Tag Archives: Siddha Medicine

Siddha

Introduction:
Siddha  is usually considered as the oldest medical system known to mankind.  Contemporary Tamil literature holds that the system of Siddha medicine originated in Southern India, in the state of Tamil Nadu. Siddha is reported to have surfaced more than 10,000 years ago.

“Siddhargal” or Siddhars were the premier scientists of ancient days.  Siddhars, mainly from Southern India laid the foundation for this system of medication. Siddhars were spiritual adepts who possessed the ashta siddhis, or the eight supernatural powers. Sage Agathiyar is considered the guru of all Sidhars, and the Siddha system is believed to have been handed over to him by Lord . “Agathiyar” was the first Siddhar,   and his disciples and Siddhars from other schools produced thousands of texts on Siddha, including medicine, and form the propounders of the system to the world.

The Siddha science is the oldest traditional treatment system generated from Dravidian culture. The Siddha flourished in the period of Indus Valley civilization.  Palm leaf manuscripts says that the Siddha system was first described by Lord Shiva to his wife Parvati. Parvati explained all this knowledge to her son Lord Muruga. He taught all these knowledge to his disciple sage Agasthya. Agasthya taught 18 Siddhars and they spread this knowledge to human beings.

The word Siddha comes from the Sanskrit word Siddhi which means an object to be attained perfection or heavenly bliss.  Siddha focused to “Ashtamahasiddhi,” the eight supernatural power. Those who attained or achieved the above said powers are known as Siddhars. There were 18 important Siddhars in olden days and they developed this system of medicine. Hence, it is called Siddha medicine. The Siddhars wrote their knowledge in palm leaf manuscripts, fragments of which were found in parts of South India. It is believed that some families may possess more fragments but keep them solely for their own use. There is a huge collection of Siddha manuscripts kept by traditional Siddha families.

Generally the basic concepts of the Siddha medicine are almost similar to Ayurveda. The only difference appears to be that the siddha medicine recognizes predominance of Vaadham, Pitham and Kabam in childhood, adulthood and old age, respectively, whereas in Ayurveda, it is totally reversed: Kabam is dominant in childhood, Vaatham in old age and Pitham in adults.

According to the Siddha medicine, various psychological and physiological functions of the body are attributed to the combination of seven elements: first is ooneer (plasma) responsible for growth, development and nourishment; second is cheneer (blood) responsible for nourishing muscles, imparting colour and improving intellect; the third is oon (muscle) responsible for shape of the body; fourth is koluppu/Kozhuppu (fatty tissue) responsible for oil balance and lubricating joints; fifth is elumbu (bone) responsible for body structure and posture and movement; sixth is elumbu majjai (bone marrow) responsible for formation of blood corpuscles; and the last is sukkilam (semen) responsible for reproduction. Like in Ayurveda, in Siddha medicine also, the physiological components of the human beings are classified as Vaadham (air), Pitham (fire) and Kabam(earth and water).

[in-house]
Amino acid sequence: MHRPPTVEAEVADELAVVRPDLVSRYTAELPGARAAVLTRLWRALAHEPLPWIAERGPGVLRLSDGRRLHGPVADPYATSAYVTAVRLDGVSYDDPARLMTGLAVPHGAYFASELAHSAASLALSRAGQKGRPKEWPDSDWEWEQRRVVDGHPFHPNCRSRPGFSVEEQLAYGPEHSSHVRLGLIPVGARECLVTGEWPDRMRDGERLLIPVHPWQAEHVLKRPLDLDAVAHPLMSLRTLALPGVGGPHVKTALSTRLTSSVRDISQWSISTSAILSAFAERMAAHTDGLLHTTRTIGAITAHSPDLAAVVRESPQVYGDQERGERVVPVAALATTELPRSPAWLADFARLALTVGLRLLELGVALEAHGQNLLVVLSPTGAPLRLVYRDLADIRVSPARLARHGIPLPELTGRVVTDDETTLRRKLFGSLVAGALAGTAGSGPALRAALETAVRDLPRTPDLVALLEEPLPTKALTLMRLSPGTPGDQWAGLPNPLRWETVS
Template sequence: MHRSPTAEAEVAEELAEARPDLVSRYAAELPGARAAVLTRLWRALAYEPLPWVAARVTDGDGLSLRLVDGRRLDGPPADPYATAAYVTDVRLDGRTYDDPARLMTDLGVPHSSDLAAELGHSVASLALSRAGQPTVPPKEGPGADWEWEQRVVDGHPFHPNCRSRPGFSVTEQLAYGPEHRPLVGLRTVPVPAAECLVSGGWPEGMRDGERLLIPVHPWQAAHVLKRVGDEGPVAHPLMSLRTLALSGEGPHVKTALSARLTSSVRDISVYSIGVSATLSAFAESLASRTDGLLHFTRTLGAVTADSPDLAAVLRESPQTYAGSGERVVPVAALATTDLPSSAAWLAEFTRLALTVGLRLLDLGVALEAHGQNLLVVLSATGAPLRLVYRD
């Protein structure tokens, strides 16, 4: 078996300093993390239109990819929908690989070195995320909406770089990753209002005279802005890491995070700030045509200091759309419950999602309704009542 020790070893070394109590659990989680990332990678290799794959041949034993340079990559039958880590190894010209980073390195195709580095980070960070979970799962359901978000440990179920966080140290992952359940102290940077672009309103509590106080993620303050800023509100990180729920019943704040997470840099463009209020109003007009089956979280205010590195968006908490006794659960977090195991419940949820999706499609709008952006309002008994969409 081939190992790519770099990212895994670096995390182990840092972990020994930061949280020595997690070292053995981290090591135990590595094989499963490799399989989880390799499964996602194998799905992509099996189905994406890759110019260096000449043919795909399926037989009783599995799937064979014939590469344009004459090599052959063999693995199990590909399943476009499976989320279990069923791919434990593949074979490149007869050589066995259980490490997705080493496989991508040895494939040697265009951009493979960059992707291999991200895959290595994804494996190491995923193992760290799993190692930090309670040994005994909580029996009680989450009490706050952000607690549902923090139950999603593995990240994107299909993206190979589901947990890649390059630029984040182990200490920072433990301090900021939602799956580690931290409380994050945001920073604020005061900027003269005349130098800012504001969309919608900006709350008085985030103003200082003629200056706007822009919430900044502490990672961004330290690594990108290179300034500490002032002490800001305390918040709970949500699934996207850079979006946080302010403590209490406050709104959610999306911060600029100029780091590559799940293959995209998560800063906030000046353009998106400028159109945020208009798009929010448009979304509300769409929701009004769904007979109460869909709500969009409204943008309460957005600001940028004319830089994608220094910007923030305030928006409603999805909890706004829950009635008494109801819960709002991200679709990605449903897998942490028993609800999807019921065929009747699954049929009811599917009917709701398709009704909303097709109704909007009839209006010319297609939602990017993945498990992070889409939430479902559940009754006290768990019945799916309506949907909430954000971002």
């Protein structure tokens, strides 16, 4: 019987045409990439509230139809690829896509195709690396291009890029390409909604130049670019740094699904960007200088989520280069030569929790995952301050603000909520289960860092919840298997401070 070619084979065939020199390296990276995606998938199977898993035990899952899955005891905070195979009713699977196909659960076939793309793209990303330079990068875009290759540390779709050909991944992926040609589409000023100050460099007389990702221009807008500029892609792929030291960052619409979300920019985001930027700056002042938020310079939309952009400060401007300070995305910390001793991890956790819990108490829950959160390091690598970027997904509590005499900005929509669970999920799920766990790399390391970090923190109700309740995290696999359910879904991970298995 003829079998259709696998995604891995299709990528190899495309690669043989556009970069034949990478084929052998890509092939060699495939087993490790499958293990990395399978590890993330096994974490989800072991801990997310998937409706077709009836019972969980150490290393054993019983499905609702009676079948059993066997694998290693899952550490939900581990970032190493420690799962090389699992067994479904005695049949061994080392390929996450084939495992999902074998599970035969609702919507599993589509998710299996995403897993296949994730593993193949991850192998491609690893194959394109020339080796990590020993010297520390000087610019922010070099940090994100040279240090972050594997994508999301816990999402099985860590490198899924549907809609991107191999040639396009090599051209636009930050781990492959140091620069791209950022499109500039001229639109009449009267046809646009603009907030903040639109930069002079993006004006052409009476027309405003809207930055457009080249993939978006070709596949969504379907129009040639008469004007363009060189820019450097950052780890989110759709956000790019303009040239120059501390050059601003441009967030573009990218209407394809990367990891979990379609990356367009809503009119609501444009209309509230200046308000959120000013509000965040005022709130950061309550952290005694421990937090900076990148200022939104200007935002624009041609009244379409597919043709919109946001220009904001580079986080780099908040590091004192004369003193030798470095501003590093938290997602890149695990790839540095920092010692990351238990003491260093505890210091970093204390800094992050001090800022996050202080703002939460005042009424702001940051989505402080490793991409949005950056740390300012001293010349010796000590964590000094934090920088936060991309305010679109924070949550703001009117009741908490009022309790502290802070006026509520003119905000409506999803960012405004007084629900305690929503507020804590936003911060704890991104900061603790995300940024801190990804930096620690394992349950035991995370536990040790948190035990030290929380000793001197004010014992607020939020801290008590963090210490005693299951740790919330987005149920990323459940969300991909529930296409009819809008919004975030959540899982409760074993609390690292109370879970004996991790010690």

Concept of disease and cause:
It is assumed that when the normal equilibrium of the three humors — Vaadham, Pittham and Kabam — is disturbed, disease is caused. The factors assumed to affect this equilibrium are environment, climatic conditions, diet, physical activities, and stress. Under normal conditions, the ratio between Vaadham, Pittham, and Kabam are 4:2:1, respectively.

According to the Siddha medicine system, diet and lifestyle play a major role in health and in curing diseases. This concept of the Siddha medicine is termed as pathiyam and apathiyam, which is essentially a list of “do’s and don’ts”

Diagnosis:
In diagnosis, examination of eight items is required which is commonly known as “enn vakaith thervu”. These are:

1.Na (tongue): black in Vaatham, yellow or red in pitham, white in kabam, ulcerated in anaemia.
2.Varnam (colour): dark in Vaatham, yellow or red in pitham, pale in kabam.
3.Kural (voice): normal in Vaatham, high-pitched in pitham, low-pitched in kabam, slurred in alcoholism.
4.Kan (eyes): muddy conjunctiva, yellowish or red in pitham, pale in kabam.
5.Thodal (touch): dry in Vaatham, warm in pitham, chill in kapha, sweating in different parts of the body.
6.Malam (stool): black stools indicate Vaatham, yellow pitham, pale in kabam, dark red in ulcer and shiny in terminal illness.
7.Neer (urine): early morning urine is examined; straw color indicates indigestion, reddish-yellow color in excessive heat, rose in blood pressure, saffron color in jaundice, and looks like meat washed water in renal disease.
8.Naadi (pulse): the confirmatory method recorded on the radial art.

Drugs:
The drugs used by the Siddhars could be classified into three groups: thavaram (herbal product), thadhu (inorganic substances) and jangamam (animal products). The Thadhu drugs are further classified as: uppu (water-soluble inorganic substances or drugs that give out vapour when put into fire), pashanam (drugs not dissolved in water but emit vapour when fired), uparasam (similar to pashanam but differ in action), loham (not dissolved in water but melt when fired), rasam (drugs which are soft), and ghandhagam (drugs which are insoluble in water, like sulphur).

The drugs used in siddha medicine were classified on the basis of five properties: suvai (taste), gunam (character), veeryam (potency), pirivu (class) and mahimai (action).